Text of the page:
Many Massachusetts residents are changing their solid waste into electricity. That change is giving them even more power - the power to recycle virtually all their steel cans.
About 40 communities in southeastern Massachusetts (including cape Cod and Martha’s Vineyard) ship their solid waste to the SEMASS resource recovery facility.
Municipal solid waste is delivered directly to the facility’s tipping floor via train or truck. Recyclable and bulky materials are removed, and the remaining solid waste is loaded onto a conveyor belt and passed through shredders which reduce it to a size of six inches or less.
About 75 percent of the steel scrap is then magnetically removed and loaded onto a separate conveyor belt. The belt feeds the steel cans and scrap directly into trucks, which deliver the scrap to regional secondary processors and steel mills. Approximately 100,000 tons of steel scrap have been recovered for recycling since the facility opened in 1989.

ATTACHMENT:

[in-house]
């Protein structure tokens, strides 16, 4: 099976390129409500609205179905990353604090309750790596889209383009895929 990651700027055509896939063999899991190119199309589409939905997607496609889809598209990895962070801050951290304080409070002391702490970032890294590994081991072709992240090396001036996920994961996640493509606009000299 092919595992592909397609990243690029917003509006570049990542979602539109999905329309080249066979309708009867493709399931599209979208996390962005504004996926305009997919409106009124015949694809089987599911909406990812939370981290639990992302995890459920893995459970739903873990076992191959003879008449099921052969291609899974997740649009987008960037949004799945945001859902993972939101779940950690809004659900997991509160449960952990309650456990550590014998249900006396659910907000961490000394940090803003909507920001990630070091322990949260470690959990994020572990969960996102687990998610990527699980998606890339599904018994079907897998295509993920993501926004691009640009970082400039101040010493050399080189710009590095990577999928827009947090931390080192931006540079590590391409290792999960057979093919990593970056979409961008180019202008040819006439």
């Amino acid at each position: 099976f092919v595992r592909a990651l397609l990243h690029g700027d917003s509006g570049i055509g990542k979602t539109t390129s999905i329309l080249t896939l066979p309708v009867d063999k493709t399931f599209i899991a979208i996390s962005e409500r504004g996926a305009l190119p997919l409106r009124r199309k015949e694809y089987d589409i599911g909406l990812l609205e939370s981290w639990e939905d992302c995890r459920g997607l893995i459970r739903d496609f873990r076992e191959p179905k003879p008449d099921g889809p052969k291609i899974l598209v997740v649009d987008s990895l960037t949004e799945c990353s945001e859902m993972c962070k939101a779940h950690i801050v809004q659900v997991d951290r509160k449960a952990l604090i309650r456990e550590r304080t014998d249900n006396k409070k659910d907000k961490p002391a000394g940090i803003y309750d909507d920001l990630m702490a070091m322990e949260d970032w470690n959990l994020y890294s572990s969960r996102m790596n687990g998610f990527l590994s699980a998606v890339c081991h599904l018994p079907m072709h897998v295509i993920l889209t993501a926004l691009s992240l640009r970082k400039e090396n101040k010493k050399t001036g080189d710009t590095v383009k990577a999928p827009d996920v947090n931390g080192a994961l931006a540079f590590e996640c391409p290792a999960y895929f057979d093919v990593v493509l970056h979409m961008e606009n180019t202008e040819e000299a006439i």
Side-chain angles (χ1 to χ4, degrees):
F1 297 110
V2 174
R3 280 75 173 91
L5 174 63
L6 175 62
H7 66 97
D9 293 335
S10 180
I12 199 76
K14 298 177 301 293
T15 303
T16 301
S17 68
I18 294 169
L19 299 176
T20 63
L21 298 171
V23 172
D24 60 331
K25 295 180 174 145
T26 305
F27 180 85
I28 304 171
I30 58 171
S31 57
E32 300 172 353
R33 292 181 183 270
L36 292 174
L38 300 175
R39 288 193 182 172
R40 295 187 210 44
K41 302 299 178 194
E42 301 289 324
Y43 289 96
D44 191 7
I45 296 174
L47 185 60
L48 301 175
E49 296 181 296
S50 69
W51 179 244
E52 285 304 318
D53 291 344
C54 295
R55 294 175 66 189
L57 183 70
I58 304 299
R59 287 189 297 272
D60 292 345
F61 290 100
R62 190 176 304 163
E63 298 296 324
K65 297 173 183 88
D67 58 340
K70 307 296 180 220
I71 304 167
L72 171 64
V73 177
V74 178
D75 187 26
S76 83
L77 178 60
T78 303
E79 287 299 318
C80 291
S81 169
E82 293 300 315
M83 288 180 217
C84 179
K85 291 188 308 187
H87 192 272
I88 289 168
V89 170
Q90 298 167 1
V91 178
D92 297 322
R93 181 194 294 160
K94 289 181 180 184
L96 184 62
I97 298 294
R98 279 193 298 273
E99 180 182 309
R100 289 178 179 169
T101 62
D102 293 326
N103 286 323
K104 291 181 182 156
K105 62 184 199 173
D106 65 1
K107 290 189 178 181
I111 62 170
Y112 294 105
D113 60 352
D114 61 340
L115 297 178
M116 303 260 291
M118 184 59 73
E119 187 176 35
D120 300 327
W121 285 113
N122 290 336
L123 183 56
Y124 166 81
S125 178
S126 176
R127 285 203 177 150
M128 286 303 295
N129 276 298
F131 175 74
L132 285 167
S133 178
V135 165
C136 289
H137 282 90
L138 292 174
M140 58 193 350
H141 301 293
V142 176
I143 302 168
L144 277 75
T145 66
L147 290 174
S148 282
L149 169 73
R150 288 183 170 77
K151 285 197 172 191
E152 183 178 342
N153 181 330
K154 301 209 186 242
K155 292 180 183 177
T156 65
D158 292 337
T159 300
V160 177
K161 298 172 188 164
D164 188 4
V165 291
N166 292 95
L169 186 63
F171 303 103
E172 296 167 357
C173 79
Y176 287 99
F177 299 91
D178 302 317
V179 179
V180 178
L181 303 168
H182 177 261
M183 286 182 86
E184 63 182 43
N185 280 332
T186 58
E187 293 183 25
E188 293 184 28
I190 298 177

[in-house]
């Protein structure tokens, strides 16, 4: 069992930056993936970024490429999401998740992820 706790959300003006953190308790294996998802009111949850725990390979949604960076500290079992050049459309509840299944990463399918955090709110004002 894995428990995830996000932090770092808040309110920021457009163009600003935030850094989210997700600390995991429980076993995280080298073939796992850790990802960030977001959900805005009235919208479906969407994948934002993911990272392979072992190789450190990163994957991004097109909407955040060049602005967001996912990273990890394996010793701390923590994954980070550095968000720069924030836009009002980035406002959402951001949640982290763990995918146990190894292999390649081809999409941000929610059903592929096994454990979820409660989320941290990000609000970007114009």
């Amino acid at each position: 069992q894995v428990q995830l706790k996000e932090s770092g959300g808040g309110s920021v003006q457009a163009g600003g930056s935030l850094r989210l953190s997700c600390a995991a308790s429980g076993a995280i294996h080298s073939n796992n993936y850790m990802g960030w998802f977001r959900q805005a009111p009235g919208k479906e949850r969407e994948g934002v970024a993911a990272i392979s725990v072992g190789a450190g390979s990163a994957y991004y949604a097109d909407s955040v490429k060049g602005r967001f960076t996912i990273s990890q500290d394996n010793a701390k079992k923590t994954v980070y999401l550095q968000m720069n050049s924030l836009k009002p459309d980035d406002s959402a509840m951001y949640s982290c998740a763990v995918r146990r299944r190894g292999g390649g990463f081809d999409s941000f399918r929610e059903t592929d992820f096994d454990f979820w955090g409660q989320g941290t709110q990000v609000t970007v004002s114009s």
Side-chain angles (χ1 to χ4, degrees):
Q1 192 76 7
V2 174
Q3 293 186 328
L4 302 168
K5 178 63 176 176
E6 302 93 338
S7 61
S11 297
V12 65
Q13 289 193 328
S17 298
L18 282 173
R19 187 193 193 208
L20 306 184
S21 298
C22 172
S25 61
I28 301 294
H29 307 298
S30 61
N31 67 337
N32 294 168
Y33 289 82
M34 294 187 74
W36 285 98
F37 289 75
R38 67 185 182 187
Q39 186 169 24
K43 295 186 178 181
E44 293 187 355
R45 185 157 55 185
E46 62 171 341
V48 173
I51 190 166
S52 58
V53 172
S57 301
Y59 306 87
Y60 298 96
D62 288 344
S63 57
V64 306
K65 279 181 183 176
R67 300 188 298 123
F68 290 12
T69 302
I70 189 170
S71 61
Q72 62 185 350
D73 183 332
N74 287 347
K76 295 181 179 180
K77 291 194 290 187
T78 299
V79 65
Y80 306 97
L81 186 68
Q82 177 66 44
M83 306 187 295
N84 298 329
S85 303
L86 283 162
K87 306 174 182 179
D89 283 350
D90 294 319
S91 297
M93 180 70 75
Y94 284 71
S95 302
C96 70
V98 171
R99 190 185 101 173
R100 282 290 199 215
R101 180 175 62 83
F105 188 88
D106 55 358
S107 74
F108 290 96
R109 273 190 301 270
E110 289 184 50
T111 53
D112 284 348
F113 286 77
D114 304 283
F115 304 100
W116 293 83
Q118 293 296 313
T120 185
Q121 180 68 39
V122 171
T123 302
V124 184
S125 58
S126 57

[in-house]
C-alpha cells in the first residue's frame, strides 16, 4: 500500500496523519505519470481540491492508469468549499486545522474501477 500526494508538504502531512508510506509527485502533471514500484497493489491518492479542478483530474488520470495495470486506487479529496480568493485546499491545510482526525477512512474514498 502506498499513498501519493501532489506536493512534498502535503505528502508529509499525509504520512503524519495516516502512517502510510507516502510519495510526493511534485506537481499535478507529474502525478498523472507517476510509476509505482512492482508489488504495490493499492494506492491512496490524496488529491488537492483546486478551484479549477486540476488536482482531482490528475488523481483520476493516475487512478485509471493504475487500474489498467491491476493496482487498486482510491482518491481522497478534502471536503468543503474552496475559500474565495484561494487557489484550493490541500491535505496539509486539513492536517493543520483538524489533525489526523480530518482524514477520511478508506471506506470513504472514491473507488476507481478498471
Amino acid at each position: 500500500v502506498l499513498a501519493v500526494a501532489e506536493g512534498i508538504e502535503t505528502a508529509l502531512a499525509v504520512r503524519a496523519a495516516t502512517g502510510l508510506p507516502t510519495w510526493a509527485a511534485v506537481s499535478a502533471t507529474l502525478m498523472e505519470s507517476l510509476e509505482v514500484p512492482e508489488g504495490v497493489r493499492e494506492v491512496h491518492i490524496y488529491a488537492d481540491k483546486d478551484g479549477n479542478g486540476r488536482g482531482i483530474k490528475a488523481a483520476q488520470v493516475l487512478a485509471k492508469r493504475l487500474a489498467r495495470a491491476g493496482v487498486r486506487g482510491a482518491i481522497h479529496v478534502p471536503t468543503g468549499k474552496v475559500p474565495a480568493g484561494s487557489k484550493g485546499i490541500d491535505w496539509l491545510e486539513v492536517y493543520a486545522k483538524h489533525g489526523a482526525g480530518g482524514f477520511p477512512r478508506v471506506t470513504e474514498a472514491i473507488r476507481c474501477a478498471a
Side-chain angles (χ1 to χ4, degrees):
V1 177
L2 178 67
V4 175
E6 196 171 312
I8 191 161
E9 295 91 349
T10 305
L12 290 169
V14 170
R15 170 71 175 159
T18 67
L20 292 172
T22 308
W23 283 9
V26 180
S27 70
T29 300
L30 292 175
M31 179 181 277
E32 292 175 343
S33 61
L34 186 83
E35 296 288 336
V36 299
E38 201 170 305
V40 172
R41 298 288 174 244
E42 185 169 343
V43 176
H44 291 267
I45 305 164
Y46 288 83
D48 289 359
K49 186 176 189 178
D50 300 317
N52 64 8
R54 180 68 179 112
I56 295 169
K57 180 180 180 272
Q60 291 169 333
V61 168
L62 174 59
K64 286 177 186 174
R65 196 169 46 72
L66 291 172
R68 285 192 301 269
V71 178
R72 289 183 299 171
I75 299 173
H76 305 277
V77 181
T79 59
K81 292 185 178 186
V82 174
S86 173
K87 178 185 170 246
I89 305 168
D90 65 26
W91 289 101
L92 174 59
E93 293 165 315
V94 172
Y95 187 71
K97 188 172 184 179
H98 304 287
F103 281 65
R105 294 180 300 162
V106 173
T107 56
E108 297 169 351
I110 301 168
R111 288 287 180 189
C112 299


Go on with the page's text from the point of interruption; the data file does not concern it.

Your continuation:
The remaining 25 percent of the ferrous scrap that enters the boilers falls to the bottom of the incinerator system. The steel cans, scrap, and nonferrous metals, along with a byproduct of the incineration process (ash) is collect and conveyed to the facility’s ash processing plant where steel cans and scrap are magnetically recovered for recycling.
Because steel is magnetically separated, participation in this recycling effort is virtually 100 percent. In addition, many of the communities separate steel cans from he solid waste stream through residential recycling programs.
The steel cans, scrap and nonferrous metals recovered from the post-combustion process are taken to regional secondary processors.
SEMASS is owned by the SEMASS Partnership, a group of subsidiaries of Energy Answers Corporation, ESI Energy, inc., Bechtel Group, Inc., and Stephens, Inc., and managed by SEMASS Corporation, a subsidiary of Energy Answers Corporation.